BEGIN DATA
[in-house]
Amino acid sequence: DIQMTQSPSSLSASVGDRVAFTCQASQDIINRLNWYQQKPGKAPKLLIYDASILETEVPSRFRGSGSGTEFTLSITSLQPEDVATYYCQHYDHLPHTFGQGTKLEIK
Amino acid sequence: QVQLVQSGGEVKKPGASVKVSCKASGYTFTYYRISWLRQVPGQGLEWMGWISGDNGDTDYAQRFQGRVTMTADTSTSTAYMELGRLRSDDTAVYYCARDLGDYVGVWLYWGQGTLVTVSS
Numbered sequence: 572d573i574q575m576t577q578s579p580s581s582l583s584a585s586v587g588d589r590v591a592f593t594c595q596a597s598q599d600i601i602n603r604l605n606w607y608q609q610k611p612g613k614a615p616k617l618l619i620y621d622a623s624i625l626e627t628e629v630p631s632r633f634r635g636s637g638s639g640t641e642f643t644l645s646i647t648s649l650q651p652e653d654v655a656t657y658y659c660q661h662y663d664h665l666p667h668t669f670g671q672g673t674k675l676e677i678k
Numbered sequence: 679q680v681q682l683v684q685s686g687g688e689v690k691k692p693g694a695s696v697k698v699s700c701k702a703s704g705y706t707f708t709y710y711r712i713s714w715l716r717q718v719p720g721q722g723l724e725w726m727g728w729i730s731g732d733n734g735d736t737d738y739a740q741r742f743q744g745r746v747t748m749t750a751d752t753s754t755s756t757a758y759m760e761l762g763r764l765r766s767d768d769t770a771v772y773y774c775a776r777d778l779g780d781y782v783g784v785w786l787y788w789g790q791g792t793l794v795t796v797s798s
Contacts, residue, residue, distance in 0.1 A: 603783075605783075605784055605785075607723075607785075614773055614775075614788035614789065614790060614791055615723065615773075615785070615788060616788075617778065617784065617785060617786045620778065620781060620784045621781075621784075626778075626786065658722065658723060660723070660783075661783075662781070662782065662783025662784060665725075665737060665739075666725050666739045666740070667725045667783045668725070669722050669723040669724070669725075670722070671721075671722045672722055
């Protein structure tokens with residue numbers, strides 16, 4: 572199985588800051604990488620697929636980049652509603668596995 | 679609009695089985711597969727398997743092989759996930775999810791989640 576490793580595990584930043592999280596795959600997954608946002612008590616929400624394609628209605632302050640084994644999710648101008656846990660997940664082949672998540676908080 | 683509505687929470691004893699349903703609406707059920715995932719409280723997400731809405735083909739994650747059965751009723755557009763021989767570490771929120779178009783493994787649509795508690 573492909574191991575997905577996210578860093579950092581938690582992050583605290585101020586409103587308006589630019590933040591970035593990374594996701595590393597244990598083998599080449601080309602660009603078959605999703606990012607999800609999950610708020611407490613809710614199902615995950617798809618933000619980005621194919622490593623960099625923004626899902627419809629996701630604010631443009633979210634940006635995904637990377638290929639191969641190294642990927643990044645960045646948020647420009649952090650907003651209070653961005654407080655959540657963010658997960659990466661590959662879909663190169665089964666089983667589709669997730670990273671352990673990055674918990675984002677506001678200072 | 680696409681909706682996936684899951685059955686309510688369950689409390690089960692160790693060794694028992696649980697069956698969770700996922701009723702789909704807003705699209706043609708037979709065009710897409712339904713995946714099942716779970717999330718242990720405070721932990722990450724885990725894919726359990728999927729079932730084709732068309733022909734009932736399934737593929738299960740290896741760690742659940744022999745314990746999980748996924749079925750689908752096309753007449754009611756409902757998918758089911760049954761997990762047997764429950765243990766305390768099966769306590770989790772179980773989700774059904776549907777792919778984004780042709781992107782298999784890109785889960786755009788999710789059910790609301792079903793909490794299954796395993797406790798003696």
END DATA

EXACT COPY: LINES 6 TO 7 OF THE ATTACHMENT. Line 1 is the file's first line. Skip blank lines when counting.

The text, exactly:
Contacts, residue, residue, distance in 0.1 A: 603783075605783075605784055605785075607723075607785075614773055614775075614788035614789065614790060614791055615723065615773075615785070615788060616788075617778065617784065617785060617786045620778065620781060620784045621781075621784075626778075626786065658722065658723060660723070660783075661783075662781070662782065662783025662784060665725075665737060665739075666725050666739045666740070667725045667783045668725070669722050669723040669724070669725075670722070671721075671722045672722055
């Protein structure tokens with residue numbers, strides 16, 4: 572199985588800051604990488620697929636980049652509603668596995 | 679609009695089985711597969727398997743092989759996930775999810791989640 576490793580595990584930043592999280596795959600997954608946002612008590616929400624394609628209605632302050640084994644999710648101008656846990660997940664082949672998540676908080 | 683509505687929470691004893699349903703609406707059920715995932719409280723997400731809405735083909739994650747059965751009723755557009763021989767570490771929120779178009783493994787649509795508690 573492909574191991575997905577996210578860093579950092581938690582992050583605290585101020586409103587308006589630019590933040591970035593990374594996701595590393597244990598083998599080449601080309602660009603078959605999703606990012607999800609999950610708020611407490613809710614199902615995950617798809618933000619980005621194919622490593623960099625923004626899902627419809629996701630604010631443009633979210634940006635995904637990377638290929639191969641190294642990927643990044645960045646948020647420009649952090650907003651209070653961005654407080655959540657963010658997960659990466661590959662879909663190169665089964666089983667589709669997730670990273671352990673990055674918990675984002677506001678200072 | 680696409681909706682996936684899951685059955686309510688369950689409390690089960692160790693060794694028992696649980697069956698969770700996922701009723702789909704807003705699209706043609708037979709065009710897409712339904713995946714099942716779970717999330718242990720405070721932990722990450724885990725894919726359990728999927729079932730084709732068309733022909734009932736399934737593929738299960740290896741760690742659940744022999745314990746999980748996924749079925750689908752096309753007449754009611756409902757998918758089911760049954761997990762047997764429950765243990766305390768099966769306590770989790772179980773989700774059904776549907777792919778984004780042709781992107782298999784890109785889960786755009788999710789059910790609301792079903793909490794299954796395993797406790798003696």